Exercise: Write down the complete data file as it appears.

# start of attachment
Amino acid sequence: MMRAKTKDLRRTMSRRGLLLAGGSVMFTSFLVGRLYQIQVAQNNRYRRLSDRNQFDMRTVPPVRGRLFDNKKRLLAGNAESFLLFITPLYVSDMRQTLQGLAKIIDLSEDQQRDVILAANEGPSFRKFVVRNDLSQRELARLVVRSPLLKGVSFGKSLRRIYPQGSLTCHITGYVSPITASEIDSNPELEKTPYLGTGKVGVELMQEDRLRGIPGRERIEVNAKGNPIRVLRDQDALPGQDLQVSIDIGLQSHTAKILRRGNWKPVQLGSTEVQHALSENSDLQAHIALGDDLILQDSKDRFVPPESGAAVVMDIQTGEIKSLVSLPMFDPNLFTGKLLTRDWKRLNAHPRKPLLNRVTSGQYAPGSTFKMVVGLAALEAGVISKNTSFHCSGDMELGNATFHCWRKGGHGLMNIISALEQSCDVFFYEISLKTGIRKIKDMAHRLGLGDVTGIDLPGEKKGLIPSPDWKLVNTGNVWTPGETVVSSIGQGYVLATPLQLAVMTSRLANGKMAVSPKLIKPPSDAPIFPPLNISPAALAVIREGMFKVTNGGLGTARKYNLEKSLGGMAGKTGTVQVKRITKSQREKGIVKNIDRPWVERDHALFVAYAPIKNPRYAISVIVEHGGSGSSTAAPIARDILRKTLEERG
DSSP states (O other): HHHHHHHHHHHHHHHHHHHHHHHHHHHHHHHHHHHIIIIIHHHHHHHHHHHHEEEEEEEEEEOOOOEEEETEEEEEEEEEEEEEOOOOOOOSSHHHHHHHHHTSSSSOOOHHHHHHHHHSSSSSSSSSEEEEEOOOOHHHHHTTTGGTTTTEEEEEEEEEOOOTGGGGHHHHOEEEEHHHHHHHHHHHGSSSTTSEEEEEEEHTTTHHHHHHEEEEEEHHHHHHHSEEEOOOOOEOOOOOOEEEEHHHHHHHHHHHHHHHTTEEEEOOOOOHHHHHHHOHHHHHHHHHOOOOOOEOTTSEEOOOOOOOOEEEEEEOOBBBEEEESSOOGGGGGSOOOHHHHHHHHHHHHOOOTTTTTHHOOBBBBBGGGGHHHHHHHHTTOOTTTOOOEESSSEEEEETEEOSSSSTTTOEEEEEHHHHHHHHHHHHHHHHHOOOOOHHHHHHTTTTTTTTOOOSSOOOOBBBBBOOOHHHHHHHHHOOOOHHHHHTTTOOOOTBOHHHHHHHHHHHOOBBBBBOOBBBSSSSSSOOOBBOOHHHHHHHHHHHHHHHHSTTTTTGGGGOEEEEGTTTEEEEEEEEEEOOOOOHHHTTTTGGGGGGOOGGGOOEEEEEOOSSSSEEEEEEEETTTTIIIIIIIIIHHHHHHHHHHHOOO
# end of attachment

Amino acid sequence: MMRAKTKDLRRTMSRRGLLLAGGSVMFTSFLVGRLYQIQVAQNNRYRRLSDRNQFDMRTVPPVRGRLFDNKKRLLAGNAESFLLFITPLYVSDMRQTLQGLAKIIDLSEDQQRDVILAANEGPSFRKFVVRNDLSQRELARLVVRSPLLKGVSFGKSLRRIYPQGSLTCHITGYVSPITASEIDSNPELEKTPYLGTGKVGVELMQEDRLRGIPGRERIEVNAKGNPIRVLRDQDALPGQDLQVSIDIGLQSHTAKILRRGNWKPVQLGSTEVQHALSENSDLQAHIALGDDLILQDSKDRFVPPESGAAVVMDIQTGEIKSLVSLPMFDPNLFTGKLLTRDWKRLNAHPRKPLLNRVTSGQYAPGSTFKMVVGLAALEAGVISKNTSFHCSGDMELGNATFHCWRKGGHGLMNIISALEQSCDVFFYEISLKTGIRKIKDMAHRLGLGDVTGIDLPGEKKGLIPSPDWKLVNTGNVWTPGETVVSSIGQGYVLATPLQLAVMTSRLANGKMAVSPKLIKPPSDAPIFPPLNISPAALAVIREGMFKVTNGGLGTARKYNLEKSLGGMAGKTGTVQVKRITKSQREKGIVKNIDRPWVERDHALFVAYAPIKNPRYAISVIVEHGGSGSSTAAPIARDILRKTLEERG
DSSP states (O other): HHHHHHHHHHHHHHHHHHHHHHHHHHHHHHHHHHHIIIIIHHHHHHHHHHHHEEEEEEEEEEOOOOEEEETEEEEEEEEEEEEEOOOOOOOSSHHHHHHHHHTSSSSOOOHHHHHHHHHSSSSSSSSSEEEEEOOOOHHHHHTTTGGTTTTEEEEEEEEEOOOTGGGGHHHHOEEEEHHHHHHHHHHHGSSSTTSEEEEEEEHTTTHHHHHHEEEEEEHHHHHHHSEEEOOOOOEOOOOOOEEEEHHHHHHHHHHHHHHHTTEEEEOOOOOHHHHHHHOHHHHHHHHHOOOOOOEOTTSEEOOOOOOOOEEEEEEOOBBBEEEESSOOGGGGGSOOOHHHHHHHHHHHHOOOTTTTTHHOOBBBBBGGGGHHHHHHHHTTOOTTTOOOEESSSEEEEETEEOSSSSTTTOEEEEEHHHHHHHHHHHHHHHHHOOOOOHHHHHHTTTTTTTTOOOSSOOOOBBBBBOOOHHHHHHHHHOOOOHHHHHTTTOOOOTBOHHHHHHHHHHHOOBBBBBOOBBBSSSSSSOOOBBOOHHHHHHHHHHHHHHHHSTTTTTGGGGOEEEEGTTTEEEEEEEEEEOOOOOHHHTTTTGGGGGGOOGGGOOEEEEEOOSSSSEEEEEEEETTTTIIIIIIIIIHHHHHHHHHHHOOO